The Republican-controlled Arizona legislature has approved a bill allowing students and staff to carry guns on public college campuses. If Gov. Jan Brewer (R) signs off, Arizona will become the second state, after Utah, permitting guns on school property — although Texas lawmakers are debating a similar proposal. Supporters say the measure will make colleges safer by letting people licensed to carry handguns defend themselves in emergencies like the 2007 Virginia Tech massacre. Critics say the measure is "inexplicable," as it will encourage more people to carry guns in a state still rattled by the January shootings in Tucson. Who's right?
This will only make campuses more dangerous: "College kids aren't responsible," says Nicole Fabian-Weber at The Stir. Virtually every person who has ever attended a university has "done something stupid" by the time graduation rolls around — that's what happens when you "mix parentless students with alcohol." Throw guns into the mix and campuses will become unnecessarily dangerous, which is why the faculties of three Arizona universities passed resolutions against this bill. It's just a really "bad idea."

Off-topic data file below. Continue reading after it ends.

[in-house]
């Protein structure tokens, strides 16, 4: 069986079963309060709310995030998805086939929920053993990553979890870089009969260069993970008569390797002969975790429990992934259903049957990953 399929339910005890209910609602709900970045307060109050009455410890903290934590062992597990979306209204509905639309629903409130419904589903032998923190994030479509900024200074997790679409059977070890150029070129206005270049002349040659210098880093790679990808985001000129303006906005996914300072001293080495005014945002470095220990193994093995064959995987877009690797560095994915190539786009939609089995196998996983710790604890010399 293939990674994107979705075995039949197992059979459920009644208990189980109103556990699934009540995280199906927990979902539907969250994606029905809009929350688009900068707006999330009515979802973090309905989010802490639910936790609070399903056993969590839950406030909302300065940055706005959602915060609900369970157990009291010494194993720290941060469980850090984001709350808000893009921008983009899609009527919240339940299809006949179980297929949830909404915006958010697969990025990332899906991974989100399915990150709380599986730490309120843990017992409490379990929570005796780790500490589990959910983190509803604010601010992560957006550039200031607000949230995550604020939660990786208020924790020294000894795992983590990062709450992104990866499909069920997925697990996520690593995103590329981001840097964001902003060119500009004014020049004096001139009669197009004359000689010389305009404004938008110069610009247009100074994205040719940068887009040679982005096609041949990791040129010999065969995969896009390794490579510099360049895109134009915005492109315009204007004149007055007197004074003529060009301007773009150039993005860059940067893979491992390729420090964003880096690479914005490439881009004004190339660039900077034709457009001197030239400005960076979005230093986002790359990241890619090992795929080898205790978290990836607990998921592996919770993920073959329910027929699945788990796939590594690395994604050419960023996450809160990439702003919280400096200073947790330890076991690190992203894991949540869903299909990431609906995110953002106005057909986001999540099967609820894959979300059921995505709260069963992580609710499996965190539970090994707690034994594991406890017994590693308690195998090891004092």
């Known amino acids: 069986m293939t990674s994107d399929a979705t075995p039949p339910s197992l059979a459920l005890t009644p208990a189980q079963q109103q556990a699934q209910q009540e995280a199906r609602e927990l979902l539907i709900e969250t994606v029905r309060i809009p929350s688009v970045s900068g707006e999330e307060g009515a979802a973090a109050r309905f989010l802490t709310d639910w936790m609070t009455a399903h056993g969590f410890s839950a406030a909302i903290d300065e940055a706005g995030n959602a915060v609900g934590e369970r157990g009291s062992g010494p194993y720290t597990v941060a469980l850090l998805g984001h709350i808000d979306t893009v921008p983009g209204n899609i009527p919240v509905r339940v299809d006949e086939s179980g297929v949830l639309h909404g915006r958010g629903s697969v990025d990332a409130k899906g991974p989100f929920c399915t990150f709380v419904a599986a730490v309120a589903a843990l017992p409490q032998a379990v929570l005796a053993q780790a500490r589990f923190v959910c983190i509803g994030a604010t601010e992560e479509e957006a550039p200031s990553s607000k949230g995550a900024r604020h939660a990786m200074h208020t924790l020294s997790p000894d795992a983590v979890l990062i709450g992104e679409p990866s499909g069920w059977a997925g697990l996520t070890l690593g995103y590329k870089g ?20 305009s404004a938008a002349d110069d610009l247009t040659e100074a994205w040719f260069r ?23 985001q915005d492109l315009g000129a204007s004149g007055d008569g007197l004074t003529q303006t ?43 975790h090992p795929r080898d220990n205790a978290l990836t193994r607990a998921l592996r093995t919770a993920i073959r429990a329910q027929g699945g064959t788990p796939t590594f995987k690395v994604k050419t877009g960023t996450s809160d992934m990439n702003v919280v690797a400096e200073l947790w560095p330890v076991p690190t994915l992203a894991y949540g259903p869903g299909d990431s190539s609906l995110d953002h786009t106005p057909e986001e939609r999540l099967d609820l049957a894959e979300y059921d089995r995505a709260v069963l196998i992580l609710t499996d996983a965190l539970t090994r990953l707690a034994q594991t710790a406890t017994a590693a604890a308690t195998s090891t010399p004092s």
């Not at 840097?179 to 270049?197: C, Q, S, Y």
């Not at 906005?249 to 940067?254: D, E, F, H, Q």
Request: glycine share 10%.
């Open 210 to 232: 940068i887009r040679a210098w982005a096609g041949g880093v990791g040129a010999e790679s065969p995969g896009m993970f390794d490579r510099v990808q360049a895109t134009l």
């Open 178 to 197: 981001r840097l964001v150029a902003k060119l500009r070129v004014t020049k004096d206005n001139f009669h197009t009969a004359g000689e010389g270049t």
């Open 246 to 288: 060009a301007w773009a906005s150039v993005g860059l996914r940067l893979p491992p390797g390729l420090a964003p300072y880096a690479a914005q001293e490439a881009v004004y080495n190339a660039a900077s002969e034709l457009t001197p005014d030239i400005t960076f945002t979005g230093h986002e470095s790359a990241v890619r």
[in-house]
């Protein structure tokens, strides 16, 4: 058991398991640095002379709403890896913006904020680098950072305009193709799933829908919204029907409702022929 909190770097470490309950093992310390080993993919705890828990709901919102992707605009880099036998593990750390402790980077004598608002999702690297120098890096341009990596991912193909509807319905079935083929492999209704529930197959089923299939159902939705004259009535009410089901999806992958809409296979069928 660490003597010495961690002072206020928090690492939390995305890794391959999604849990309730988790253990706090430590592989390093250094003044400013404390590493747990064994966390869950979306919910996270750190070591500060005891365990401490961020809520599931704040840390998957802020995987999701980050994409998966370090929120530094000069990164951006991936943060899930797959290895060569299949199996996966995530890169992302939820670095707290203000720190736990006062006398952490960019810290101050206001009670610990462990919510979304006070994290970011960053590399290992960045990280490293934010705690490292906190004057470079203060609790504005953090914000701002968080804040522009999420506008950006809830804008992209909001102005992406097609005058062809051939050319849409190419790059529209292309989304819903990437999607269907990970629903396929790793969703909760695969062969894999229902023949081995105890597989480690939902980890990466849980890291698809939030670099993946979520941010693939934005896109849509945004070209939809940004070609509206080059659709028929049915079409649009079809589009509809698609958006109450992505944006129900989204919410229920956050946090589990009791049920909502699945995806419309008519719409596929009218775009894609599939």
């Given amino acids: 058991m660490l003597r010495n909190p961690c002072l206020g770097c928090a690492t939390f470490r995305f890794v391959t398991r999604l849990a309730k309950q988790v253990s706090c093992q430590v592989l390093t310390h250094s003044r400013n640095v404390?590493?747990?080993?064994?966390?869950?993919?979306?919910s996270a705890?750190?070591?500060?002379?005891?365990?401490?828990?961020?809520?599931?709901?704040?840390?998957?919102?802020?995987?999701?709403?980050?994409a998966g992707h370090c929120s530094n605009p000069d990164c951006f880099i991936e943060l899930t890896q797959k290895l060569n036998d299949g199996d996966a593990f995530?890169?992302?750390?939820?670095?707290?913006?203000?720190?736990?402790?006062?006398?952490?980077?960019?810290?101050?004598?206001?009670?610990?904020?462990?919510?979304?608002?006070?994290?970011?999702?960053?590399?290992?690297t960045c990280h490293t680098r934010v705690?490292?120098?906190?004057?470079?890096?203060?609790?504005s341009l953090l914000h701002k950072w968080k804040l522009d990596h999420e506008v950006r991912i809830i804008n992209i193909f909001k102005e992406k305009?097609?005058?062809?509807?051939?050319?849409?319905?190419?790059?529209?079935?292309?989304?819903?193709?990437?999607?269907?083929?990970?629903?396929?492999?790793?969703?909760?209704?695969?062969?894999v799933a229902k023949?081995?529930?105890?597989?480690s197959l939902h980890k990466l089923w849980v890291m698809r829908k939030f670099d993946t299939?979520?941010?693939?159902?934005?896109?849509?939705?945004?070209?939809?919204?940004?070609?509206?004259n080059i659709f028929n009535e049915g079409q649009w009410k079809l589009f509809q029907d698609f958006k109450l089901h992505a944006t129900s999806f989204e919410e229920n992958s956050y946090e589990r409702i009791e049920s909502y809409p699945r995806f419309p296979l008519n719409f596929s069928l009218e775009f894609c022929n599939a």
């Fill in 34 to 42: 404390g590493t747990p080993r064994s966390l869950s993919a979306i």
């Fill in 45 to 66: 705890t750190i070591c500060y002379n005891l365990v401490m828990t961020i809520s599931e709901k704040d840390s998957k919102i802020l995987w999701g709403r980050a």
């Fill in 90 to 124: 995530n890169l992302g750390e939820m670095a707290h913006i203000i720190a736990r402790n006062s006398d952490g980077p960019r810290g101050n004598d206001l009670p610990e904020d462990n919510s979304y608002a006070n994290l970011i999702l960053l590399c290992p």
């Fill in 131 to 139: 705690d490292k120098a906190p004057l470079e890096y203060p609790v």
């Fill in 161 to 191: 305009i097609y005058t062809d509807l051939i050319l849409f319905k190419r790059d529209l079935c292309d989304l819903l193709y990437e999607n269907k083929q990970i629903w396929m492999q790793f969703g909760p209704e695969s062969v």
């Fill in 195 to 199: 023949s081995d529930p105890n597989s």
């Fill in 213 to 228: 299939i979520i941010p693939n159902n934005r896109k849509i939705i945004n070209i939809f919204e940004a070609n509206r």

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Students should not be defenseless: It's time to move past the fantasy "that college is some sort of magical zone where people should not be allowed to protect themselves," says David Burnett of Students for Concealed Carry, as quoted in The Christian Science Monitor. Opponents of the law insist it's OK to deny students their constitutional right to bear arms out of concern for their safety. But Utah hasn't seen a single incident of gun violence since 2006, when the state started permitting concealed weapons on college campuses.
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This is a solution in search of a problem: There just aren't enough cases of "serious violence" on college campuses to justify the risks involved in arming students, says James Alan Fox at The Boston Globe. There are fewer than 20 homicides a year on college campuses. "Without minimizing the gravity of any loss of life, this annual victim count of is out of the tens of millions who study or work at institutions of higher education." There's just no need for this bill.
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